Saturday, February 14, 2004

millinerd vs. baptized nihilism

Yes there are some good aspects of postmodernity, but for the bad - here's a little more pomo detoxing:
"much of so-called postmodernity is simply a nihilistic intensification of the modern project. The claim to be at the end of all master narratives may simply be a covert way of liberarting the self from any claims upon it."
This from a fantastic essay by theologian Frederick Baurschmidt.

He goes on to explain that theologians entranced by the postmodern (i.e. the hyper-modern narrative of self-emancipation), have a peculiar way of doing theology. For them...
"the Christian story can no longer be understood or presented as the world's true story; it is at best simply the story that Christians tell about the world, and which they cannot impose upon the world or even preach to the world in the hope that the world might turn and be converted. Such theologians point to the contemporary awareness and tacit acceptance of religious pluralism as creating a new situation in which notions as the necessity of Christ for salvation or the Church as the locus of grace are simply incredible and should be abandoned. Indeed, they must be abandoned, for they inevitable wage war against the Other... In this version of postmodern theology the Church's task is to bring the Reign of God, now glossed as the modern project of emancipation, to its completion."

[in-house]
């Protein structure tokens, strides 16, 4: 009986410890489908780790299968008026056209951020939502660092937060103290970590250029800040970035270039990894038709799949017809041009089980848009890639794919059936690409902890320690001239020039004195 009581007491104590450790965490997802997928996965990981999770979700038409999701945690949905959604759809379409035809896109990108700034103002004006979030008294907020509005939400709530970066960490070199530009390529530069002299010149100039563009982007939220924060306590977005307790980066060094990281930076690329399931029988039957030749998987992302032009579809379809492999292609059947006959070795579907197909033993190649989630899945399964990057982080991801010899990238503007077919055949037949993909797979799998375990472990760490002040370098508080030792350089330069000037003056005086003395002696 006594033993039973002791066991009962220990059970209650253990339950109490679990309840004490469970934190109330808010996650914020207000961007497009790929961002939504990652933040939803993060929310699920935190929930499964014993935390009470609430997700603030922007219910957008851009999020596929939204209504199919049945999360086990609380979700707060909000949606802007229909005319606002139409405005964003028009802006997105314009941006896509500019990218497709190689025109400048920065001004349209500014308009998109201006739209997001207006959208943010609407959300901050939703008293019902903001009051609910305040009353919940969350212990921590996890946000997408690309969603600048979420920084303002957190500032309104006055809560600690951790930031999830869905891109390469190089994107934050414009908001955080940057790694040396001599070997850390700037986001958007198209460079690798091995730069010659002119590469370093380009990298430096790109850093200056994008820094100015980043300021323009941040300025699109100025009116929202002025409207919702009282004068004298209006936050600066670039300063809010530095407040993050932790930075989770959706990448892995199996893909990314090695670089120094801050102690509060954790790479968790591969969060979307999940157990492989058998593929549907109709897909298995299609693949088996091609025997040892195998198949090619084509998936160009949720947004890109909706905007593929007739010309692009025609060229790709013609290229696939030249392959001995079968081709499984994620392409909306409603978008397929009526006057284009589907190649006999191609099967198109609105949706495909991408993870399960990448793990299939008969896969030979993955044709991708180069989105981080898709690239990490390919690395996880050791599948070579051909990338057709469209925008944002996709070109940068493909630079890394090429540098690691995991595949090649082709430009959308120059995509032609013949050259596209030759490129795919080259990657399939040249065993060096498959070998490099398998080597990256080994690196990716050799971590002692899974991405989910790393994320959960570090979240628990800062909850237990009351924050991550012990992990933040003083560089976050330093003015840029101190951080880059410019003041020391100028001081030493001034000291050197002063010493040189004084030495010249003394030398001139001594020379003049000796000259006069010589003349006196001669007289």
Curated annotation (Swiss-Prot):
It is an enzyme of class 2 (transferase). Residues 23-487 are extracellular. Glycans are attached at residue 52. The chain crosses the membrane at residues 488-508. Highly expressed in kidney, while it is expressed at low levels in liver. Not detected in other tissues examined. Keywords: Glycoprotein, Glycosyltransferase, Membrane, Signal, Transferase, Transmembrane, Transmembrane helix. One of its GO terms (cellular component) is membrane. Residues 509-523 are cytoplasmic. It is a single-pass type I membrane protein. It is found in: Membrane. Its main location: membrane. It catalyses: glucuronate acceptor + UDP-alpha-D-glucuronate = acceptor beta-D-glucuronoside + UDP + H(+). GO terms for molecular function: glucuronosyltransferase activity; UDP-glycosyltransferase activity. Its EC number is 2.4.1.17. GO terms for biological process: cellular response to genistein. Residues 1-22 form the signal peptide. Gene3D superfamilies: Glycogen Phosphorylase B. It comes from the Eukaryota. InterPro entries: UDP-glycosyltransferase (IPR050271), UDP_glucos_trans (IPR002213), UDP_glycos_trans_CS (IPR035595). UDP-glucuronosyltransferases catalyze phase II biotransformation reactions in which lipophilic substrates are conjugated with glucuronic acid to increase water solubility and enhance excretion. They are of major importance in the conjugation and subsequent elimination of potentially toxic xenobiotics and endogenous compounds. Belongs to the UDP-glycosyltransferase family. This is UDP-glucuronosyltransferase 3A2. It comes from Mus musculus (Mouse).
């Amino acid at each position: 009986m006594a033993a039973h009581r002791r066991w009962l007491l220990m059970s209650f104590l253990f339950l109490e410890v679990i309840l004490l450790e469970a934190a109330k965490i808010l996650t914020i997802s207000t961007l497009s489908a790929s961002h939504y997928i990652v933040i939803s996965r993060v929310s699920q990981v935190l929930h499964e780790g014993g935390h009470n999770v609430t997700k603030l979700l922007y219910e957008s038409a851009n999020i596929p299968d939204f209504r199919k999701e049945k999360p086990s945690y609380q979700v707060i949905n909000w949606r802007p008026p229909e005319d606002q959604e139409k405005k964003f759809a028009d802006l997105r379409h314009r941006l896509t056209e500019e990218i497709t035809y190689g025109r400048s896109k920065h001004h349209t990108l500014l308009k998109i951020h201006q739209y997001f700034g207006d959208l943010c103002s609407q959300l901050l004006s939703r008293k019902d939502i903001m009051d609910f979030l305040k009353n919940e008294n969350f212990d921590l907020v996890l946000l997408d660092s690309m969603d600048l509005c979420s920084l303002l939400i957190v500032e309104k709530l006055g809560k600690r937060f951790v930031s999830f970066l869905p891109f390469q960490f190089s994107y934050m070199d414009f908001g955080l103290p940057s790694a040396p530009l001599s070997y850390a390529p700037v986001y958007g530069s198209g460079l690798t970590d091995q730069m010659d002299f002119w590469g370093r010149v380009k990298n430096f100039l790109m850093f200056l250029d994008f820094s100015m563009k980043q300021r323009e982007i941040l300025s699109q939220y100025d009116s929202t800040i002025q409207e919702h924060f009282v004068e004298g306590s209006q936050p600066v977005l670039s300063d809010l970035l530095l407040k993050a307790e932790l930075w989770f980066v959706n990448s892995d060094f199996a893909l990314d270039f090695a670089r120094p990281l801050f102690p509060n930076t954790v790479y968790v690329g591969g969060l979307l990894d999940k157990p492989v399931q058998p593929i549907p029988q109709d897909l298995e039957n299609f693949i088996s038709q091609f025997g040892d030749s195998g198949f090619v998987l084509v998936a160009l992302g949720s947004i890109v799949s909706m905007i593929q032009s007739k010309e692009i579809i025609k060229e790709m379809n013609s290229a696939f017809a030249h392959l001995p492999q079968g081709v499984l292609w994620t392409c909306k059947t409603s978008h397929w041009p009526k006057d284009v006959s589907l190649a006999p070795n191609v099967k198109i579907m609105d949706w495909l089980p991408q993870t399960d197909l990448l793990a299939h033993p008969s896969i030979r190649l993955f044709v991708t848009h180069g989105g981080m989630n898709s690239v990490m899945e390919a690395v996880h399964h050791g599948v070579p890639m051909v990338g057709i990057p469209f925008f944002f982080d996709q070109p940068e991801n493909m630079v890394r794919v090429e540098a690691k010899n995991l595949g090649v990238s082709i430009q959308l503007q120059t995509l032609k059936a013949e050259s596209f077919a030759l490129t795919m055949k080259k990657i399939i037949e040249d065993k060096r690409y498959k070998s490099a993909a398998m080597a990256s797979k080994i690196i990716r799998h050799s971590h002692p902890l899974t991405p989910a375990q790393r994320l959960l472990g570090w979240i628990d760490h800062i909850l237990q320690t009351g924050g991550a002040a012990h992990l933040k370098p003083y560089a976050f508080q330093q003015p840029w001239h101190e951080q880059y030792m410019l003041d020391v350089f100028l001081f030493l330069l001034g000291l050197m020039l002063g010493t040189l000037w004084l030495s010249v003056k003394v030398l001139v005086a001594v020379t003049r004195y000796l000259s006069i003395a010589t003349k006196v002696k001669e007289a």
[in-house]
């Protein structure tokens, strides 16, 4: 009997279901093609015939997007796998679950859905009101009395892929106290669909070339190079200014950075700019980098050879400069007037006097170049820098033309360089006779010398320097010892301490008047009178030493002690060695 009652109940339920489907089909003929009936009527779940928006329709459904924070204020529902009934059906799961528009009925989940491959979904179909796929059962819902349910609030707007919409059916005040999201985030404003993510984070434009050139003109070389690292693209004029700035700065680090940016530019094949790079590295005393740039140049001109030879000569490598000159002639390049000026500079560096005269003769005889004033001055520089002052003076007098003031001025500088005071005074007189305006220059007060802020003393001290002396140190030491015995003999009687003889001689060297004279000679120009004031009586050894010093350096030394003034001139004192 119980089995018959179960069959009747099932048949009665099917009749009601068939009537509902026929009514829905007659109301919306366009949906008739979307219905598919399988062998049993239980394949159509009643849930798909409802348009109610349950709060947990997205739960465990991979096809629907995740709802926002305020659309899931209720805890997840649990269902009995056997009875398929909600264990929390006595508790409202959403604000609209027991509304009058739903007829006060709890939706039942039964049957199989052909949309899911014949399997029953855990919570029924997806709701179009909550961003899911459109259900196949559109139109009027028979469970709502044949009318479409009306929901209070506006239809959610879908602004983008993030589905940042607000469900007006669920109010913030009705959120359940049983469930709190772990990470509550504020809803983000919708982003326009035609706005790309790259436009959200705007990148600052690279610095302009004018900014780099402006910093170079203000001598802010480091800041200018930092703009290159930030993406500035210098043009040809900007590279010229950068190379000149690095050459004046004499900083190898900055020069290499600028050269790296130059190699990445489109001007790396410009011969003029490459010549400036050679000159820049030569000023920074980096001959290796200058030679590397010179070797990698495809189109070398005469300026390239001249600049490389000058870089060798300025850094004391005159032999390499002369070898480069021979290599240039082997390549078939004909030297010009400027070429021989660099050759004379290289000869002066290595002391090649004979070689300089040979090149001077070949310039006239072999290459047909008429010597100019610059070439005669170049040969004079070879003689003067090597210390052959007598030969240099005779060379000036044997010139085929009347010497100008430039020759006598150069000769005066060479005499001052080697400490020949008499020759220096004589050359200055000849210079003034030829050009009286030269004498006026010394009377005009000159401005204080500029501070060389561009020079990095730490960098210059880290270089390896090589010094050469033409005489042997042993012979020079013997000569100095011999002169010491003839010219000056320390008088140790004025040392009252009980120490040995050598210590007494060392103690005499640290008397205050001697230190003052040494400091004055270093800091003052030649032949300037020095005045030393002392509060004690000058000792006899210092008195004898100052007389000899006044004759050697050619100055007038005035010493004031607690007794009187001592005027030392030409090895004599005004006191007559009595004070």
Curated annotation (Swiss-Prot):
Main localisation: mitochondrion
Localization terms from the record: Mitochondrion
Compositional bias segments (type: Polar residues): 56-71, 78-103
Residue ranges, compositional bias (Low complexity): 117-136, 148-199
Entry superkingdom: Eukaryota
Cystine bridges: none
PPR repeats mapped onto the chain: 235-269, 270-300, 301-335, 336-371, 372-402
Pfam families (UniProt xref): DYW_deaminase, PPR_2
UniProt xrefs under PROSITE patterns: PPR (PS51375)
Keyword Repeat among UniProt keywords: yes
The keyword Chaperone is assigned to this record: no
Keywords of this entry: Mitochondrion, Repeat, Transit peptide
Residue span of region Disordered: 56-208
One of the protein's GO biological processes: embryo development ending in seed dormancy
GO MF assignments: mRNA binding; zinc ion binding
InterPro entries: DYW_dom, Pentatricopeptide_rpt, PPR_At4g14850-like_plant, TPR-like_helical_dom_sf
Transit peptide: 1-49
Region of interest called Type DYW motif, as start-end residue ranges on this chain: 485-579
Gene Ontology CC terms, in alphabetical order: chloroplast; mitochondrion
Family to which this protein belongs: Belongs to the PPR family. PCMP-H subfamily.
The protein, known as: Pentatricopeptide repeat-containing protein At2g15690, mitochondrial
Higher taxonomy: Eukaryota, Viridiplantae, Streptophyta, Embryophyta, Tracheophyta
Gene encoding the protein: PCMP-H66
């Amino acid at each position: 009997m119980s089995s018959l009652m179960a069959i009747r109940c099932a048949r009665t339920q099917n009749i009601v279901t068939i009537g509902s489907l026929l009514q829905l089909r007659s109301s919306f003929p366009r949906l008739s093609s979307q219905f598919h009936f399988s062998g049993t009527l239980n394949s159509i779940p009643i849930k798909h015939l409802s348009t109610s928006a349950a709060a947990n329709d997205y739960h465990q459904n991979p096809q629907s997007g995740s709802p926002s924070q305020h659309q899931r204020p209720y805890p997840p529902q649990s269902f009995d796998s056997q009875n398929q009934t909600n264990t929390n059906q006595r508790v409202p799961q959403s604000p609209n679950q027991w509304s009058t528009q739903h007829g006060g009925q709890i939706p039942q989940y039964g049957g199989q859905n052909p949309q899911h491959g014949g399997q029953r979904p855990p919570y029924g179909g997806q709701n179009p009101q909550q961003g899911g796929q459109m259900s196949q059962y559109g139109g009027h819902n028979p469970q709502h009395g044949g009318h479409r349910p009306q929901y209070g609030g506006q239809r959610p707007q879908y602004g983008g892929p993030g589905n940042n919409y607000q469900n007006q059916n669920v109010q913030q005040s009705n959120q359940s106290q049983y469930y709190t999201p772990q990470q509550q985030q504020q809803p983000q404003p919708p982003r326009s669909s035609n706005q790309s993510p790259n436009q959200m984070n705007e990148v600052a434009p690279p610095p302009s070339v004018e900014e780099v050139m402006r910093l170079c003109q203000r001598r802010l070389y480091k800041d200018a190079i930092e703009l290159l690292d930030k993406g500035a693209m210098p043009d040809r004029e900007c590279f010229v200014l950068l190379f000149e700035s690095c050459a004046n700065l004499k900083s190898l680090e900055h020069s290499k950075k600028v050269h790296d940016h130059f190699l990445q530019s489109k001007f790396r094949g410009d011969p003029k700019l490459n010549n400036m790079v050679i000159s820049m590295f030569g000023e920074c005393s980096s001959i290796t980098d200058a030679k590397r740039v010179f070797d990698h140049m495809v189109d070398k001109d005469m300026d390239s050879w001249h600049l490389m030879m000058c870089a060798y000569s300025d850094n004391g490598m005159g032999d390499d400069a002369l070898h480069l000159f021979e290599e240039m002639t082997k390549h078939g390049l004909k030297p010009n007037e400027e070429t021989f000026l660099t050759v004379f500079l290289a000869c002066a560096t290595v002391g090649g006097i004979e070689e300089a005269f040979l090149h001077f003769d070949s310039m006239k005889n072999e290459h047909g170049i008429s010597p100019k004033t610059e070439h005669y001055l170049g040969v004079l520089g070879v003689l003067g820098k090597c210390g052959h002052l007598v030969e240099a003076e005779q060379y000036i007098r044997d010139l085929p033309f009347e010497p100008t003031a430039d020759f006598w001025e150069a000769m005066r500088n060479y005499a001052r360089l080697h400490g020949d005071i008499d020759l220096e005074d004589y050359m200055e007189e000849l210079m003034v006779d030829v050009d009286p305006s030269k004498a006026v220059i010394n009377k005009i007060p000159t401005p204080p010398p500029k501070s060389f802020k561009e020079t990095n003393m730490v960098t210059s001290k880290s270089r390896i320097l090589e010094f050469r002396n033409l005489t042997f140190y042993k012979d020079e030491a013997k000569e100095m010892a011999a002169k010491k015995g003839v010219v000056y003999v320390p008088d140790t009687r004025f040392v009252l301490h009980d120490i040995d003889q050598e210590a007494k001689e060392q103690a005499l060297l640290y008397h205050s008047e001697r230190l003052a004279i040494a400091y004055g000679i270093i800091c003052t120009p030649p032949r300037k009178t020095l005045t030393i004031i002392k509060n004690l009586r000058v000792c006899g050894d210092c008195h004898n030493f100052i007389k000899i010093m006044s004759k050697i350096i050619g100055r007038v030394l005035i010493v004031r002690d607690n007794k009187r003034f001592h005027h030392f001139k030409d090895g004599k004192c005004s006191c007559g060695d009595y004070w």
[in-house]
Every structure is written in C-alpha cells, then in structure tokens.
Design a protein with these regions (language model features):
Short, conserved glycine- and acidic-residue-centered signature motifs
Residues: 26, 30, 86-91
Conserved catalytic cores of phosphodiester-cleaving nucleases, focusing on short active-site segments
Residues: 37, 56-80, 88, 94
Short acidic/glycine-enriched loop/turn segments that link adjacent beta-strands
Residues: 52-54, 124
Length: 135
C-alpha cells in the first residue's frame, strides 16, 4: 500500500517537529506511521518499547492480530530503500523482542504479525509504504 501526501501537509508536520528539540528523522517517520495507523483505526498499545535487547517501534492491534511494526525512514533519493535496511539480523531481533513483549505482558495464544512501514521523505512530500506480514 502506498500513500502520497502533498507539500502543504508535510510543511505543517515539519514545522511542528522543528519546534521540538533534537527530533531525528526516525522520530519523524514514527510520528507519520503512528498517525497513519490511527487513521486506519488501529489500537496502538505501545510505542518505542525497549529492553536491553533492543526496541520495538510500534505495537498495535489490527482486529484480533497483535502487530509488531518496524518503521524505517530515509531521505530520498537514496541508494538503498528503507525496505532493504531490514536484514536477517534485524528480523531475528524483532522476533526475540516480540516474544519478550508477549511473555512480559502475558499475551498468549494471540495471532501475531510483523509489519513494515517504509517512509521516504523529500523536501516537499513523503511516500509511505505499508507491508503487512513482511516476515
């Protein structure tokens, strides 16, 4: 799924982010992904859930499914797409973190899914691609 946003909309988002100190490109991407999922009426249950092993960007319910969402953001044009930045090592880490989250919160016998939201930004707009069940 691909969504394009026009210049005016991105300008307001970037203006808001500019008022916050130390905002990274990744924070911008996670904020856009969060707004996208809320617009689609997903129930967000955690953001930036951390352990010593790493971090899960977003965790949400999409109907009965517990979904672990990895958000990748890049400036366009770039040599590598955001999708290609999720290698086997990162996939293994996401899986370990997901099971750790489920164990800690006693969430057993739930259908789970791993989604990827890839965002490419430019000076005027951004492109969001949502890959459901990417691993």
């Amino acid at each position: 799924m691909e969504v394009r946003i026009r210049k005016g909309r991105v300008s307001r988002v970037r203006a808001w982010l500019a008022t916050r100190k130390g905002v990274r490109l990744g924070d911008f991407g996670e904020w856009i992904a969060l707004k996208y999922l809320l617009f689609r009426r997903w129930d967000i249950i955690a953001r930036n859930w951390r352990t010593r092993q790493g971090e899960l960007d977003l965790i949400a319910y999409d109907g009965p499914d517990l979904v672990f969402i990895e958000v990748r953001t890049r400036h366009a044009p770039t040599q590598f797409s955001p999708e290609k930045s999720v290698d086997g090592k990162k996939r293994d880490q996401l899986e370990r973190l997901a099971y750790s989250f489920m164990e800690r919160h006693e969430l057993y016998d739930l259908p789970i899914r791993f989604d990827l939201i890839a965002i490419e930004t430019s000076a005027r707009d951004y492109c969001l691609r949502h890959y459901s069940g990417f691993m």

Yup, that pretty much explains it. Fortunately however there are some much more fruitful and creative ways to do theology, such as Radical Orthodoxy (or as I like to call it Neo-neo-Platonism), which is competantly introduced and perhaps too harshly assessed here.